6 Tips to Survive the Japanese Summer
Beat the Japanese heat following these easy tips!
Summer has finally arrived in the land of the rising sun. Anyone who has been in Japan for this season can tell you that the Japanese summer is very harsh, with temperatures that can rise and exceed 30ºC of heat and suffocating humidity. So if you are currently living in Japan or you have to come on a trip, today I want to give you 6 ideas to survive the Japanese summer.
Probably many of our readers come from hot countries and think that heat is not a problem for them, however the Japanese summer has a big problem: humidity. Japan is an island, and that makes it to be an extremely humid country in the summer. More than high temperatures, the most difficult thing to stand is moisture sticking to your skin. But don’t just trust yourself because you come from a hot country and if you are going to travel to Japan in summer, you better be prepared.
Buy one of the famous tenugui towel
When you travel to Japan in summer, one of the things that may surprise you the most is that in many stores, both souvenirs shops and various utensils places, they sell characteristic and peculiar hand towels with different patterns. They’re the tenugui towels (手拭い), made of cotton.
I remember that on my first trip I was quite surprised. Why were there so many places with those little towels and why so many prints? After two days in Japan I understood: towels serve to wipe away sweat. As we mentioned before, it is an extremely humid country. It is getting out of the shower and before you get to your room you are already sweating. Nobody likes to go sweating to places, so the Japanese have ended up taking the habit of always carrying a small towel with them to dry their sweat.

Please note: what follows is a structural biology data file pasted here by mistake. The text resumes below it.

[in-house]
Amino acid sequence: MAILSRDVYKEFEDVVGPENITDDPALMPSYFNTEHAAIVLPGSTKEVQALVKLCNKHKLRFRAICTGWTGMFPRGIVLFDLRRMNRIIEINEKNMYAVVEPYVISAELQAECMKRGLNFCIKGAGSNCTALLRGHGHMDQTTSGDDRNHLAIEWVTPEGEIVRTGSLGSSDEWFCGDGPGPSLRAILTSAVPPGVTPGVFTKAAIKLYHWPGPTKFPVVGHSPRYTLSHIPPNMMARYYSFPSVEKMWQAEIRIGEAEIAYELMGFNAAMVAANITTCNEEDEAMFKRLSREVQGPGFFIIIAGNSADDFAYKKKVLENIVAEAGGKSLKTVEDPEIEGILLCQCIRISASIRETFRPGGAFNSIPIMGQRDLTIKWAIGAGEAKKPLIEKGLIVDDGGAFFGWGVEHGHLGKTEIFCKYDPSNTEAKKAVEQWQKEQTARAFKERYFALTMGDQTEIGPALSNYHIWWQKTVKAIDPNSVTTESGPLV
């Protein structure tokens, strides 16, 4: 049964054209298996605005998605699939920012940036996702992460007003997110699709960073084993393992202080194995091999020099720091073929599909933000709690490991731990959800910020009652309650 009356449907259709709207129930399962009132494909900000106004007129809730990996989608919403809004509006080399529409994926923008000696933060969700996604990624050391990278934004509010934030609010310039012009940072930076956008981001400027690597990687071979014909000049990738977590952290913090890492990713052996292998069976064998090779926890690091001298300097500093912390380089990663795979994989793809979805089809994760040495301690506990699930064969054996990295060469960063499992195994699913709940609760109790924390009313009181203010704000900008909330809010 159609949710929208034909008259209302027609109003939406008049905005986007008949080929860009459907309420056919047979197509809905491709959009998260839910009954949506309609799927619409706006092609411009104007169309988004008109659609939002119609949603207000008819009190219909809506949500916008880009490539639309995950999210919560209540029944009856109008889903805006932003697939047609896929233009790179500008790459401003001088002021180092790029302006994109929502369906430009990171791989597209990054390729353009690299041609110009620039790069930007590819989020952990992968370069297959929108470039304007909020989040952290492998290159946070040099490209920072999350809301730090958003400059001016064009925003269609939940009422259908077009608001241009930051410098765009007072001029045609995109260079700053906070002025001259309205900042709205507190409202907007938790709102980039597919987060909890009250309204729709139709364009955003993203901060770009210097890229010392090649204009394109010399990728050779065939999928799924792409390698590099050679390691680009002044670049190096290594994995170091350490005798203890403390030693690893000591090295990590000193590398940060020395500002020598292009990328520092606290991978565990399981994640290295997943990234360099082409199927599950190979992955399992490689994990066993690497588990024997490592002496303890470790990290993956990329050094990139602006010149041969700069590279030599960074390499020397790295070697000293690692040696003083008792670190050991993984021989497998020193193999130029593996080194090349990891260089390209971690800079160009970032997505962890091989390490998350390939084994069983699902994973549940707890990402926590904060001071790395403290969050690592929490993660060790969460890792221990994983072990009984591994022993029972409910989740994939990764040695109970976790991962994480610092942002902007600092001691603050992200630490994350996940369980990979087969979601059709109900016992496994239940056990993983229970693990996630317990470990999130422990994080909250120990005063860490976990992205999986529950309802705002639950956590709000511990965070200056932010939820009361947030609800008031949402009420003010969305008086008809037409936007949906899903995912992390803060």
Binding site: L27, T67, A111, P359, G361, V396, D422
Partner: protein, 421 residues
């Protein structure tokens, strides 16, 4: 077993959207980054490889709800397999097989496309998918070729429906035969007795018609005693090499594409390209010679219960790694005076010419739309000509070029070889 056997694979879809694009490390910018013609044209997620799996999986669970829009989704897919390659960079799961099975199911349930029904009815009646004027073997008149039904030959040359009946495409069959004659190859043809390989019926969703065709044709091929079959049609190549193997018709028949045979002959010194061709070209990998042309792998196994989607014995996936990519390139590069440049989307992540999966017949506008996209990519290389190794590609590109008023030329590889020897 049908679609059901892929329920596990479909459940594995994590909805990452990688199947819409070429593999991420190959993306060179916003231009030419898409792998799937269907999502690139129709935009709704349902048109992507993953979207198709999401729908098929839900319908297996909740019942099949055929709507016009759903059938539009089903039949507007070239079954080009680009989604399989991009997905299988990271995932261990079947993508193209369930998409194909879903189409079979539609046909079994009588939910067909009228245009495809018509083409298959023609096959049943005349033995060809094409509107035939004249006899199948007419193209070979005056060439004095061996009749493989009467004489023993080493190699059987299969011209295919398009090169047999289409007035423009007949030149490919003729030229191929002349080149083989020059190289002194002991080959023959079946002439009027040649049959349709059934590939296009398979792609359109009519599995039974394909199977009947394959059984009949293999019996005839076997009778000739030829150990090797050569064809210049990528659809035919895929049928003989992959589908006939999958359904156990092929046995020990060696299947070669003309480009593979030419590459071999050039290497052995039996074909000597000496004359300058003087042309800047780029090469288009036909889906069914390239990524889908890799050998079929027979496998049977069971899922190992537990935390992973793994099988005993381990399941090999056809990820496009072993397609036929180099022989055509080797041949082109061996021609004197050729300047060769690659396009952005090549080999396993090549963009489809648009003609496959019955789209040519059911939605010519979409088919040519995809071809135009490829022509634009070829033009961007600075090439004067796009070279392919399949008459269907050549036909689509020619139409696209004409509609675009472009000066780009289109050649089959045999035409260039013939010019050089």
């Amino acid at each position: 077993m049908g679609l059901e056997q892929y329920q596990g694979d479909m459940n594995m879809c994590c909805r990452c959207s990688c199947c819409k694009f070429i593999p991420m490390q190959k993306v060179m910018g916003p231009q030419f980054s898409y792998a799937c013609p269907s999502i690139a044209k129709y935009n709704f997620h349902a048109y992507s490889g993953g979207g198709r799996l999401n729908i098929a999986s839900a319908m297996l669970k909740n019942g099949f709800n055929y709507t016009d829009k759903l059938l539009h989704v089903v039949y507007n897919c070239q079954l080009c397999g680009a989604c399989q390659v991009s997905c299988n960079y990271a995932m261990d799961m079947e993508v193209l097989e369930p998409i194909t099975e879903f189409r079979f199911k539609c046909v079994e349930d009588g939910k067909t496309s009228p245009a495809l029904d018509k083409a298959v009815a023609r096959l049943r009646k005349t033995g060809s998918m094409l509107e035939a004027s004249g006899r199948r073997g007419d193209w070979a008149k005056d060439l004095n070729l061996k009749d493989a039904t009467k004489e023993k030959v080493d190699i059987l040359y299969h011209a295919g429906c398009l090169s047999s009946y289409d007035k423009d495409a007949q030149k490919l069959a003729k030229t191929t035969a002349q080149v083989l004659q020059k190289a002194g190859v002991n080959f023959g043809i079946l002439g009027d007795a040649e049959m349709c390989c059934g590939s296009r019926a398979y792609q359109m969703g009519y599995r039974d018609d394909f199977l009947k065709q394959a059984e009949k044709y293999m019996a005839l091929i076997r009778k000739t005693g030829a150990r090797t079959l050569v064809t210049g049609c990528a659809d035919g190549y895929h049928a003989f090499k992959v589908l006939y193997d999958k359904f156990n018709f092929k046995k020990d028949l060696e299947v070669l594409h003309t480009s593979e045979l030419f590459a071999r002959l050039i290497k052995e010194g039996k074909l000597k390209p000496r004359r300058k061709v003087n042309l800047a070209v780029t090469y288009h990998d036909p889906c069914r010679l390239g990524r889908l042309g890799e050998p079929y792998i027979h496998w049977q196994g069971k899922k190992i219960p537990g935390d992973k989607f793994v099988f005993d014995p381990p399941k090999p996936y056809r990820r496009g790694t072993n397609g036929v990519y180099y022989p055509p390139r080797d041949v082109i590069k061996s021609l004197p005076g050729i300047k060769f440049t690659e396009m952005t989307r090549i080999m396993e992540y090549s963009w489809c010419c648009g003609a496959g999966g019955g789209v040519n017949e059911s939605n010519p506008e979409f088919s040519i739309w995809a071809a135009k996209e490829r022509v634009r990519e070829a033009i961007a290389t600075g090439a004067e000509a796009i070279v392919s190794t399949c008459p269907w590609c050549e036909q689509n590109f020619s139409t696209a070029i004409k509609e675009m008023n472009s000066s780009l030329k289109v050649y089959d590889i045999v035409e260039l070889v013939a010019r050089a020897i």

Although the typical ones as we say are the tenugui, made of cotton, it’s also common to see these hand towels but of towel fabric itself. In fact, in the day to day I have seen Japanese people using more this type of towels than the tenugui. In addition, there are usually two sizes: some smaller and squared, which are usually carried by women in the hand or in the bag and others more elongated, which many men carry around their necks. Also as we say there is a wide variety of prints: with anime or video game motifs, traditional Japanese themed, etc.
Refresh yourself using refreshing sprays or wipes
If in winter we have kairo (カイロ) or heat patches, in summer we could not miss wipes or refreshing products. The most common are sprays to apply to the skin or refreshing wet wipes. In addition to clean up a little and wipe off sweat, these wipes generate a great feeling of freshness after use (they usually have things like mint or lemon, which further enhance that feeling of freshness). They are easily available in any drugstore, konbini or supermarket, and they sell from large to small packages, designed to be easily carried in your bag or backpack. One of the best known and easy to find are the “Ice Type” products from the Gatsby brand.
For those who cannot stand the heat very well and only do not feel better with these things, another option is the hiyaron (ヒヤロン). The hiyaron work in a way quite similar to the kairo that they use in winter, but in reverse. It is a product that you have to give a strong blow to activate, and once it is activated the package cools down quickly (in the same way that the kairo when activated begin to give off heat).
The Japanese use it to cool delicate areas with these temperatures, such as the nape of the neck or the forehead. It has the advantage that you can buy it at any time and carry it in your bag or backpack, and not activate it until you want to use it. Once activated, it lasts about half an hour.
Eat kakigori and zaru soba
Kakigori (かき氷), known in the west as “Japanese ice cream”, consists of shaved or crushed ice with syrup. The syrup can be of different flavors like strawberry, lemon or melon or other more Japanese like green tea or red bean. Sometimes it is sweetened with condensed milk on top of ice cream, and is the star food of summer in Japan and matsuris. They are very refreshing, but you have to be careful because being ice if we eat it very quickly can cause a headache.